Archaeologist of classical antiquity; first woman to lead an archaeological excavation in the Aegean. Born Harriett Boyd, her father was Alexander Boyd, a leather merchant, and her mother Harriet Wheeler (Boyd) in 1871, the final of five children and the only girl. Her mother died when she was 10 months old and was raised solely by her father. Boyd received her early education from Prospect Hill School in Massachusetts where she graduated in 1888. From 1892 to 1896 she taught Classics in various schools in both North Carolina and Delaware. She was awarded a Bachelor's degree in Classics from Smith College in 1892 as Phi Beta Kappa. In 1896 she did her graduate work with the American School of Classical Studies in Athens. Starting in 1898 she received a fellowship from the ASCSA school. During the Greco-Turkish war when the Turkish army defeated the Greek army, displacing many Greek citizens, Hawes took nursing training to assist them. She was later decorated by Greece for her work in the war. She volunteered as a nurses' aid the following year for soldiers wounded the Spanish American War. In 1899 she received the $1000 Agnes Hoppin Memorial Fellowship, created by the ASCSA to address limitations placed on women in the archaeological field. However, the School did not accept women on their digs and she was recommended to work as a librarian. Boyd used the Hoppin fund to finance a dig herself. Arthur Evans, working at Knossos, advised her to dig at Kavousi in eastern Crete. Only digging for four months, she uncovered houses and tombs from the Geometric period. She was the first woman to ever lead an archaeological excavation in the Aegean. She returned to Smith in 1900 to lecture, incorporating her findings into a master's thesis at Smith College in 1901. In 1902, she was the first woman to address the Archaeological Societies, which subsequently granted her a fellowship. In 1904 she began her excavation of Gournia in Crete, assisted by Blanche Emily Wheeler (1870-1936), the final recipient of the Hoppin Fellowship. There she discovered a Minoan city, and in later excavations, Minoan tombs on the hill of Sphoungaras nearby.
She visited Athens in 1905 to attend the International Congress of Archaeology where she met the archaeologist and anthropologist Charles Henry Hawes (1867-1943) of Cambridge University. In 1906 Charles and Harriet were married, though purportedly she had rejected his proposal seven previous times (Boston Globe), giving up her Smith lecturing position the same year. She and her husband lived in Madison, Wisconsin where he lectured at the University there, 1907-1909. Her first book, written with her husband, Crete, the Forerunner of Greece , appeared in 1909. It covered the life of the Minoan people in Crete including details as complex as the clothing style of the female population. Charles received an appointment at Dartmouth in 1910 where the couple moved. She received an honorary Doctorate of Humane Letters from Smith College the same year. Hawes returned to nursing work during World War I. From 1917 to 1918 she was the organizer and the first director of Smith College’s relief unit in France. From 1918 to 1920 she was a nurse’s aide with the YMCA at the American Hospital in Longchamps, France. Starting in 1920 (through 1936) she was a lecturer at Wellesley College in art history. A 1922 essay on Boston's ‘Ludovisi Throne.' Hawes’ inventory of the tombs continues to inspire archaeological study, Hawes was in Czechoslovakia in 1938 during the German take-over of Sudetenland, and was briefly detained by the German authorities. She died in a nursing home on March 31, 1945 in Washington DC at the age of 74. Her memoirs were published posthumously in two articles in 1965.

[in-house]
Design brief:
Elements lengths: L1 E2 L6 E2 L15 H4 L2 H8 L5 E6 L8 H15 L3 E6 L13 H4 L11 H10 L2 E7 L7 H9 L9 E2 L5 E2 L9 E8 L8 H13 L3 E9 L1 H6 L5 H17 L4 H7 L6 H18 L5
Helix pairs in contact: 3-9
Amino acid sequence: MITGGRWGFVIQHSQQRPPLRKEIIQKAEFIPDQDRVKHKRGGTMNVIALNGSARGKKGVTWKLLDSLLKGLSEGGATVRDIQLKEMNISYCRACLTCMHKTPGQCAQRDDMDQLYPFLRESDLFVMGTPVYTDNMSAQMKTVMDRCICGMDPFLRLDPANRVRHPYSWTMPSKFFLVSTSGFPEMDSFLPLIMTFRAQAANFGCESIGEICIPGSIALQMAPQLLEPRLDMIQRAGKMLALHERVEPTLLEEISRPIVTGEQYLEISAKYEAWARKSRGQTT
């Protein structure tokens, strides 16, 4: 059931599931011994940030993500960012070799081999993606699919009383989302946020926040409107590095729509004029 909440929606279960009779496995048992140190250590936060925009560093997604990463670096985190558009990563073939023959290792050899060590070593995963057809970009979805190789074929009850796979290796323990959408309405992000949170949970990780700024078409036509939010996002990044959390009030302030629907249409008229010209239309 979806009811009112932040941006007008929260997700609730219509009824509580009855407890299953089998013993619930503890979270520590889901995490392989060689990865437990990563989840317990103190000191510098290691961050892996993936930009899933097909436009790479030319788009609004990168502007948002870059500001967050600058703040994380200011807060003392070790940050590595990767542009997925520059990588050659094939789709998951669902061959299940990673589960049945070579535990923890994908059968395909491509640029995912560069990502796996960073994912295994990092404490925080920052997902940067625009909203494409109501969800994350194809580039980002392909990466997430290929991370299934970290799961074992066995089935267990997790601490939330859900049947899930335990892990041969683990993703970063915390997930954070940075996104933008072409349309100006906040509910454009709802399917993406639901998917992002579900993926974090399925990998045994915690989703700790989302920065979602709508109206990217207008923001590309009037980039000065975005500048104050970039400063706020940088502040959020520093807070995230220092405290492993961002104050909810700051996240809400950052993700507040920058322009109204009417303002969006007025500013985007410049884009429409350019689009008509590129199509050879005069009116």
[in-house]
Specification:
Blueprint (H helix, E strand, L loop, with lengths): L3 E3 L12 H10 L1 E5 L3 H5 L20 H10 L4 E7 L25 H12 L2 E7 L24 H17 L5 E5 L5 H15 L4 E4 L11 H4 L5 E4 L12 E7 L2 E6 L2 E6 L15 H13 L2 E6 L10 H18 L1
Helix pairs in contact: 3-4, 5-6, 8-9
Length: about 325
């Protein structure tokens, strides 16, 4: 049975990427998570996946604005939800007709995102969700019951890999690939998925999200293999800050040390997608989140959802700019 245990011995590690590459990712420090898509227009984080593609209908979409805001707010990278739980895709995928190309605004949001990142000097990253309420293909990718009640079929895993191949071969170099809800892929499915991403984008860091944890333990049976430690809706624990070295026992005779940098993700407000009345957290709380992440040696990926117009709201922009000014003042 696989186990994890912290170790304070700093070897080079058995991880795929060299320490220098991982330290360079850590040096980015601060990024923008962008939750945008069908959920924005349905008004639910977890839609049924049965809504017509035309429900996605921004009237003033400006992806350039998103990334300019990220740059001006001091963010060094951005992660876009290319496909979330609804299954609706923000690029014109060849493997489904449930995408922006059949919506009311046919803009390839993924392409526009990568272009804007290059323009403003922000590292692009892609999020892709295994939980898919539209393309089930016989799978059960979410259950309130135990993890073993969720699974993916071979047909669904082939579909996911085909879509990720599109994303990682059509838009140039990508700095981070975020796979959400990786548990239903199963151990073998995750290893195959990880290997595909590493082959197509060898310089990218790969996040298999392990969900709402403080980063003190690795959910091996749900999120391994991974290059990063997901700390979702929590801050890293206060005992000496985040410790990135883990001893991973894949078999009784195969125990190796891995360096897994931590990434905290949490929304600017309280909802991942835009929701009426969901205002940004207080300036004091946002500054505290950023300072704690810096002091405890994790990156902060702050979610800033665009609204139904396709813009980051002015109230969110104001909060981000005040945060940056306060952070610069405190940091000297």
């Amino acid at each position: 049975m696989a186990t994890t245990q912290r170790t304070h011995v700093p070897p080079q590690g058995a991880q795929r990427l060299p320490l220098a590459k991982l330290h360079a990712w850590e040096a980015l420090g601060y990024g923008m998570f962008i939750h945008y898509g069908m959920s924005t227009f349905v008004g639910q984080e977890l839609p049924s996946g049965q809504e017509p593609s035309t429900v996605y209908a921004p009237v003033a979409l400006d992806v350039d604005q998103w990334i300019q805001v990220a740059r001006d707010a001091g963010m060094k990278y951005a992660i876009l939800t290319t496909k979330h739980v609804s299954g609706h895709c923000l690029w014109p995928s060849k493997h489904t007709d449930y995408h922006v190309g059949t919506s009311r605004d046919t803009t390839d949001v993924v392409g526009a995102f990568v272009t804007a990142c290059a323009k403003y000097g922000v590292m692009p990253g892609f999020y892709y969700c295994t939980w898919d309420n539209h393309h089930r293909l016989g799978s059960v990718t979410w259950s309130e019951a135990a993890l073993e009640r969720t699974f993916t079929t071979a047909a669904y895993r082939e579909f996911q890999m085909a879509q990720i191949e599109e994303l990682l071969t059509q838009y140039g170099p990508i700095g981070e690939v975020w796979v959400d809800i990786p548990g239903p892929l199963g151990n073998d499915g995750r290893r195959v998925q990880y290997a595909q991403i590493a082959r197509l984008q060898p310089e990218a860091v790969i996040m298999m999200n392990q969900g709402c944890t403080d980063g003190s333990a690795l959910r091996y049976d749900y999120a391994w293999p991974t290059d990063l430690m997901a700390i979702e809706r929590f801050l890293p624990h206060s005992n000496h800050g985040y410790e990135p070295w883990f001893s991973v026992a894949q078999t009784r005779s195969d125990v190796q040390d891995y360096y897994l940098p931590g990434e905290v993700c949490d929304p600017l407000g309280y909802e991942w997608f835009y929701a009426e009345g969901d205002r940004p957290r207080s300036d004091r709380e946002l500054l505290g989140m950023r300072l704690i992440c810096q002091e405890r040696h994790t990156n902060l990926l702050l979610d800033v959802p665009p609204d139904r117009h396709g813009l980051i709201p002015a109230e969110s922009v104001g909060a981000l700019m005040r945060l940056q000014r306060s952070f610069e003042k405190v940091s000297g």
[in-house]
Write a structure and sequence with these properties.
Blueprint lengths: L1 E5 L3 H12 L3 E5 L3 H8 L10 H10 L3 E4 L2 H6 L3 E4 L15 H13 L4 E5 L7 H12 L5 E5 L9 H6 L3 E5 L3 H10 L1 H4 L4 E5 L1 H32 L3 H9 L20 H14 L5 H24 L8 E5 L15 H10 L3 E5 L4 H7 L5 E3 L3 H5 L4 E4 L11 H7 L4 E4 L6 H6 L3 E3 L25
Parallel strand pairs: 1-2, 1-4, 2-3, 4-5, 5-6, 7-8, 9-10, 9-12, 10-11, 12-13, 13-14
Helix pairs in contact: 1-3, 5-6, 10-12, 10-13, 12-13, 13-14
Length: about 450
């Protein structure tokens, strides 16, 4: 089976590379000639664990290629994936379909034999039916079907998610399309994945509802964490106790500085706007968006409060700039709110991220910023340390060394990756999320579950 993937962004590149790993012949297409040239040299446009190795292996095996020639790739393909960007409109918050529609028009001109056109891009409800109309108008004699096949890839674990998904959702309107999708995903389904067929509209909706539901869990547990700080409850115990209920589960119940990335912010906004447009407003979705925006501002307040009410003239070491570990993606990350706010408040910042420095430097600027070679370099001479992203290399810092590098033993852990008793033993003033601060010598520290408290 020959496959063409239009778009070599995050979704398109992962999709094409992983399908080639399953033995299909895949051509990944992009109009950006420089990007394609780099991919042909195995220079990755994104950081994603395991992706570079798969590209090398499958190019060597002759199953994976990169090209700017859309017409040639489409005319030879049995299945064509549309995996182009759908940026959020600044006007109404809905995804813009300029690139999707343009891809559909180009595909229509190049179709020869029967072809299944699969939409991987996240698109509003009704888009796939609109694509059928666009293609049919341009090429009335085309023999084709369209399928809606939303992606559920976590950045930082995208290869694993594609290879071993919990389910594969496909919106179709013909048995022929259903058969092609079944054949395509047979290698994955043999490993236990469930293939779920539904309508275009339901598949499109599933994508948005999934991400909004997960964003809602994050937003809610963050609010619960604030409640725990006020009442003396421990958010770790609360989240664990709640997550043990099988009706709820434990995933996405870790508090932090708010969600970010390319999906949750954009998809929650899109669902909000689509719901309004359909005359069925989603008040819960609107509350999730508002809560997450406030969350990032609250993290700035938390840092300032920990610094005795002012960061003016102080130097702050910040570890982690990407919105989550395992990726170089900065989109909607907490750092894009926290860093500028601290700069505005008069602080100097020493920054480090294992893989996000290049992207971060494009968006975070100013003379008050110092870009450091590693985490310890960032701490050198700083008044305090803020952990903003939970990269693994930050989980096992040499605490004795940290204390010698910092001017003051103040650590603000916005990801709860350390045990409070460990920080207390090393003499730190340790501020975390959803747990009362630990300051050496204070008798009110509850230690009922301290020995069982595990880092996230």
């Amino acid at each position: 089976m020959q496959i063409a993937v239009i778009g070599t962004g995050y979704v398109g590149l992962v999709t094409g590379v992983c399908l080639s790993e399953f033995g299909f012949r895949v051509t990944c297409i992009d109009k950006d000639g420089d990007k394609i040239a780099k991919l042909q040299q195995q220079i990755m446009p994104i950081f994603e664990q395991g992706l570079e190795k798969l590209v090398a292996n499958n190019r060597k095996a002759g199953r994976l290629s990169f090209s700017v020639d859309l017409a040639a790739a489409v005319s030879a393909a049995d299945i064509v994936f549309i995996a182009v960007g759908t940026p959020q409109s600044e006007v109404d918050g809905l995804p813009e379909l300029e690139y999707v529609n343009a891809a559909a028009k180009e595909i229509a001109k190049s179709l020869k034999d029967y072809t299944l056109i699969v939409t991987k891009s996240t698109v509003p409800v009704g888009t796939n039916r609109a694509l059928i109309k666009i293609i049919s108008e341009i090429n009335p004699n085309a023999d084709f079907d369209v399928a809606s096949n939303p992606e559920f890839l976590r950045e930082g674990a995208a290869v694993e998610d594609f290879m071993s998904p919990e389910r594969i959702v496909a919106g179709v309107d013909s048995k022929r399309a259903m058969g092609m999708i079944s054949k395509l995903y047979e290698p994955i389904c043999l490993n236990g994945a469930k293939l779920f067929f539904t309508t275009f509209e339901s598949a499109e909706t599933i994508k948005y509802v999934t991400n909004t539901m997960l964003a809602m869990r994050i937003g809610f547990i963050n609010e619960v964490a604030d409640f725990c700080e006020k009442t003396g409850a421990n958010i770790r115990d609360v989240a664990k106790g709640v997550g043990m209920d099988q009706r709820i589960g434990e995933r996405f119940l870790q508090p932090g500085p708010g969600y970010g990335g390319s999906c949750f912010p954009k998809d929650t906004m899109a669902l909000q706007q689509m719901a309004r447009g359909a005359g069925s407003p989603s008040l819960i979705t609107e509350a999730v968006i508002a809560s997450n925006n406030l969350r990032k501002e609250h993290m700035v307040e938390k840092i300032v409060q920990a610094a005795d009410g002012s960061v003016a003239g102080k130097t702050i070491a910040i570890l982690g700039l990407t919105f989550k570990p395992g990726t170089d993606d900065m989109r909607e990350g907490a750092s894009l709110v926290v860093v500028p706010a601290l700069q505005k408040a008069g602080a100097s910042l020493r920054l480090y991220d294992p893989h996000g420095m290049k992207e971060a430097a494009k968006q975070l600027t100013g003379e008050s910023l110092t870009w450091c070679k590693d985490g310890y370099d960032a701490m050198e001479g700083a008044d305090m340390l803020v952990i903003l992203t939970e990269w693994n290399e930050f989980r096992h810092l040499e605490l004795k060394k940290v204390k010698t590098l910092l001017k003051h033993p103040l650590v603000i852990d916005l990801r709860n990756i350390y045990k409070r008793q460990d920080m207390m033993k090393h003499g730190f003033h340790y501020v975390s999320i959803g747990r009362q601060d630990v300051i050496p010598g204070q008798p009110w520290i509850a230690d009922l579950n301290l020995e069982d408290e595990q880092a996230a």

Hawes produced books which, by and large, addressed a broad audience, such as her Crete, the Forerunner of Greece. However, in articles such as A Gift of Themistocles: The ‘Ludovisi Throne’ and the Boston Relief she contextualized the Ludovisi Throne dissenting from previous historians, arguing that the pieces were part of a couch-altar which once stood in the sanctuary that Themistocles restored for the Lycomids. Hawes also kept meticulous notes with drawings and photographs. She published these documents in memoirs that give the full historical context to the archaeological exhibitions she worked on including photographs of the Greek people involved in the work.
- Crete, the Forerunner of Greece Harper’s Library of Living Thought. London: Harper 1909;
- "A Gift of Themistocles: The ‘Ludovisi Throne’ and the Boston Relief" American Journal of Archaeology 26, no. 3 (1922): 278–306;
- "Memoirs of a Pioneer Excavator in Crete" Archaeology 18, no. 2 (1965): 94–101;
- Part II Memoirs of a Pioneer Excavator in Crete" Archaeology 18, no. 4 (1965): 268–276.
- Hurlbut, Stephen A. [Review of] "Crete, the Forerunner of Greece by Charles Henry Hawes, Harriet Boyd Hawes" Bulletin of the American Geographical Society 42, no. 7 (1910): 532–532
- "38 at Smith Chosen for Phi Beta Kappa: Four Juniors Among those Elected Fellowship Awards Announced by Dean Nicolson." New York Times, Mar 21, 1933.
- "The Cretan Idyll of Harriet Boyd and Charles Henry Hawes" The Archivist's Notebook. (2022, May 19). Retrieved November 16, 2022
- Allsebrook, Mary. Born to Rebel: The Life of Harriet Boyd Hawes United Kingdom: Oxbow Books, 2002.
- Cohen, Getzel M., and Joukowsky, Martha Sharp. Breaking Ground : Pioneering Women Archaeologists. Ann Arbor: University of Michigan Press, 2006.
- "A History of the ASCSA 1939-1980" American School of Classical Studies at Athens Accessed November 3, 2022.
- "Honorary Degrees" Smith College. Accessed November 3, 2022.
- "Kavousi IIA: The Late Minoan IIIC Settlement at Vronda. the Buildings on the Summit." American Journal of Archaeology Accessed November 3, 2022.
- "History of the American School 1882-1942 - Chapter II" American School of Classical Studies at Athens Accessed November 3, 2022.